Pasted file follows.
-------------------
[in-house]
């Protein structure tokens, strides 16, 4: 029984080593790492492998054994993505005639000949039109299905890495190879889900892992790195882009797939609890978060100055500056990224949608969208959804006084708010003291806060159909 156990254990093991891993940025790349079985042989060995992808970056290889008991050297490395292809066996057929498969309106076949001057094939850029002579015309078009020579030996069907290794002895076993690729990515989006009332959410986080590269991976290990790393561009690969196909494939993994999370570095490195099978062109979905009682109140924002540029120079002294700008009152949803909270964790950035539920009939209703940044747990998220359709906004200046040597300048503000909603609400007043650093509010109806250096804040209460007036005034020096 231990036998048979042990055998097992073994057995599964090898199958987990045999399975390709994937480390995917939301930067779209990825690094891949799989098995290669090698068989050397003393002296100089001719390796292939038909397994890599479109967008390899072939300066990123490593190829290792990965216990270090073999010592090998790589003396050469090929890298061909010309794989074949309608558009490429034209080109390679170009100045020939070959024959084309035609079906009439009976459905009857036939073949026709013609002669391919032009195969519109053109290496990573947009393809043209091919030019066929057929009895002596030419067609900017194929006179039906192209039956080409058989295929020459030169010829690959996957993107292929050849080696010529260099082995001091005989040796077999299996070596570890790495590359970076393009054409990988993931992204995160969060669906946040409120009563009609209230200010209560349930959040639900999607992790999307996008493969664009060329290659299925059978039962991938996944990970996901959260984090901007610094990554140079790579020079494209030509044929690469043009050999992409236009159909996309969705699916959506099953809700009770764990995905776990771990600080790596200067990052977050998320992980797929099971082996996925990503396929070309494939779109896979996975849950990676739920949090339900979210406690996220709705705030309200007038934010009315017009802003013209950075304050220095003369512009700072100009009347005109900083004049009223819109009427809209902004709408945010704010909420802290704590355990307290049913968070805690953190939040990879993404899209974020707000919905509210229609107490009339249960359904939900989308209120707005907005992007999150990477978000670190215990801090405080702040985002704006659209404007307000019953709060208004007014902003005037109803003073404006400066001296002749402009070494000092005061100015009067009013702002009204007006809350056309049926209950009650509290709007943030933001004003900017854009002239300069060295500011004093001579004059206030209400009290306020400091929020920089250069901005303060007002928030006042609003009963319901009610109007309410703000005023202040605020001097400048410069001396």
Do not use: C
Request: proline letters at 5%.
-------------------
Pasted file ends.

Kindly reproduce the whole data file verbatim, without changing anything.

[in-house]
């Protein structure tokens, strides 16, 4: 029984080593790492492998054994993505005639000949039109299905890495190879889900892992790195882009797939609890978060100055500056990224949608969208959804006084708010003291806060159909 156990254990093991891993940025790349079985042989060995992808970056290889008991050297490395292809066996057929498969309106076949001057094939850029002579015309078009020579030996069907290794002895076993690729990515989006009332959410986080590269991976290990790393561009690969196909494939993994999370570095490195099978062109979905009682109140924002540029120079002294700008009152949803909270964790950035539920009939209703940044747990998220359709906004200046040597300048503000909603609400007043650093509010109806250096804040209460007036005034020096 231990036998048979042990055998097992073994057995599964090898199958987990045999399975390709994937480390995917939301930067779209990825690094891949799989098995290669090698068989050397003393002296100089001719390796292939038909397994890599479109967008390899072939300066990123490593190829290792990965216990270090073999010592090998790589003396050469090929890298061909010309794989074949309608558009490429034209080109390679170009100045020939070959024959084309035609079906009439009976459905009857036939073949026709013609002669391919032009195969519109053109290496990573947009393809043209091919030019066929057929009895002596030419067609900017194929006179039906192209039956080409058989295929020459030169010829690959996957993107292929050849080696010529260099082995001091005989040796077999299996070596570890790495590359970076393009054409990988993931992204995160969060669906946040409120009563009609209230200010209560349930959040639900999607992790999307996008493969664009060329290659299925059978039962991938996944990970996901959260984090901007610094990554140079790579020079494209030509044929690469043009050999992409236009159909996309969705699916959506099953809700009770764990995905776990771990600080790596200067990052977050998320992980797929099971082996996925990503396929070309494939779109896979996975849950990676739920949090339900979210406690996220709705705030309200007038934010009315017009802003013209950075304050220095003369512009700072100009009347005109900083004049009223819109009427809209902004709408945010704010909420802290704590355990307290049913968070805690953190939040990879993404899209974020707000919905509210229609107490009339249960359904939900989308209120707005907005992007999150990477978000670190215990801090405080702040985002704006659209404007307000019953709060208004007014902003005037109803003073404006400066001296002749402009070494000092005061100015009067009013702002009204007006809350056309049926209950009650509290709007943030933001004003900017854009002239300069060295500011004093001579004059206030209400009290306020400091929020920089250069901005303060007002928030006042609003009963319901009610109007309410703000005023202040605020001097400048410069001396």
Do not use: C
Request: proline letters at 5%.